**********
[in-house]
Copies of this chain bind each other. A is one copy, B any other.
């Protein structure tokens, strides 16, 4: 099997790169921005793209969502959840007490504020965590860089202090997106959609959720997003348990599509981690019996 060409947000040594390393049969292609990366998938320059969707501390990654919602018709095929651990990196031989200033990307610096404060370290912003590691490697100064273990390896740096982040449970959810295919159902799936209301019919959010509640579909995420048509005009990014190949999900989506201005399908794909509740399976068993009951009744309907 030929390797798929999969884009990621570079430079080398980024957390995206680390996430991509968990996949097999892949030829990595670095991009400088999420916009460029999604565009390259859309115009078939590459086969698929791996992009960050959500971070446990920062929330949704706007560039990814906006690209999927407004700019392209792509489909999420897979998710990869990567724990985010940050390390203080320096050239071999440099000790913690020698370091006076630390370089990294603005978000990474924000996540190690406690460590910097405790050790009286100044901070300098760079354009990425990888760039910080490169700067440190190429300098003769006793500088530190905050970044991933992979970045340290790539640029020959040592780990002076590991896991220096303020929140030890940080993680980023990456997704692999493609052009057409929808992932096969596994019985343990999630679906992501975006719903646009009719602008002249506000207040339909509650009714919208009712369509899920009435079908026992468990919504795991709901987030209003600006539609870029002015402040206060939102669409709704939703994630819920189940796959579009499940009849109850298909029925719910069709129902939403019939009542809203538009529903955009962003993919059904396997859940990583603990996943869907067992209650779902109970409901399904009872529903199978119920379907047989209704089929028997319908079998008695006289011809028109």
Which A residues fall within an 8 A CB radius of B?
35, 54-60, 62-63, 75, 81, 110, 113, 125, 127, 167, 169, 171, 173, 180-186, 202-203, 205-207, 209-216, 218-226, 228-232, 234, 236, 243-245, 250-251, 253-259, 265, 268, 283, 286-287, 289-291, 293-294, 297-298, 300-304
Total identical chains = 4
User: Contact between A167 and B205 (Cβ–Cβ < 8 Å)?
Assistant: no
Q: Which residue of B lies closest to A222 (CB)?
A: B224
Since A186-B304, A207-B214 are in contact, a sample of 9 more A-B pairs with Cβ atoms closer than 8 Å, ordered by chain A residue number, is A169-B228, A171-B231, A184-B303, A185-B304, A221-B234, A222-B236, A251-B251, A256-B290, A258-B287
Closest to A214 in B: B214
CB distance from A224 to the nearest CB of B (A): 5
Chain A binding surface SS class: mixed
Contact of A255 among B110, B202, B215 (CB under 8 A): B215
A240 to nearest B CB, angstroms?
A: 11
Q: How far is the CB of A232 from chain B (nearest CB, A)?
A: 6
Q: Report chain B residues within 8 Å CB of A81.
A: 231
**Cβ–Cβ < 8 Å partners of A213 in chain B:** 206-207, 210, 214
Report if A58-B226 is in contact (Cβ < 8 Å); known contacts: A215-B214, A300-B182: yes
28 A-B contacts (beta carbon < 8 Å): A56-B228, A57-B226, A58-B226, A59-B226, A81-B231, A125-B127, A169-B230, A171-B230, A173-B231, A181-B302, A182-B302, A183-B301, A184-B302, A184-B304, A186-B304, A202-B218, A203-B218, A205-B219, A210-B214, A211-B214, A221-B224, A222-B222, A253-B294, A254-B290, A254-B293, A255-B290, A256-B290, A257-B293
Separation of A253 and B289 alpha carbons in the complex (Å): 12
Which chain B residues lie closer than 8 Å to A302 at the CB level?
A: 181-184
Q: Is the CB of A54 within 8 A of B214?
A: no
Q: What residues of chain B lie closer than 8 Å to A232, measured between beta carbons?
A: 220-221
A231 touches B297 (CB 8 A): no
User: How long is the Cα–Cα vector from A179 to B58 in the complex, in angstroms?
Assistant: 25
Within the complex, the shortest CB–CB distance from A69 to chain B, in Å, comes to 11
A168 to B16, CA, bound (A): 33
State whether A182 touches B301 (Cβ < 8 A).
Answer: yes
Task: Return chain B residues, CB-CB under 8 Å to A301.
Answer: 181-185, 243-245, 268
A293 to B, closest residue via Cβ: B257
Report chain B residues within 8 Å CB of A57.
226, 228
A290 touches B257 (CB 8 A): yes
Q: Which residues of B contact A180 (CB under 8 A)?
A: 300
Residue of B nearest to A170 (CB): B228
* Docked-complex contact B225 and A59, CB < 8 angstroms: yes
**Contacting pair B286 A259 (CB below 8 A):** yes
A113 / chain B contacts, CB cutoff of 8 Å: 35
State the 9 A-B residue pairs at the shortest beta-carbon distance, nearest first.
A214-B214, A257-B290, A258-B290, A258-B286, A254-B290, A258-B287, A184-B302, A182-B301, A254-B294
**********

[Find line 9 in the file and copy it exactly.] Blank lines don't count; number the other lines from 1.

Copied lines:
Q: Which residue of B lies closest to A222 (CB)?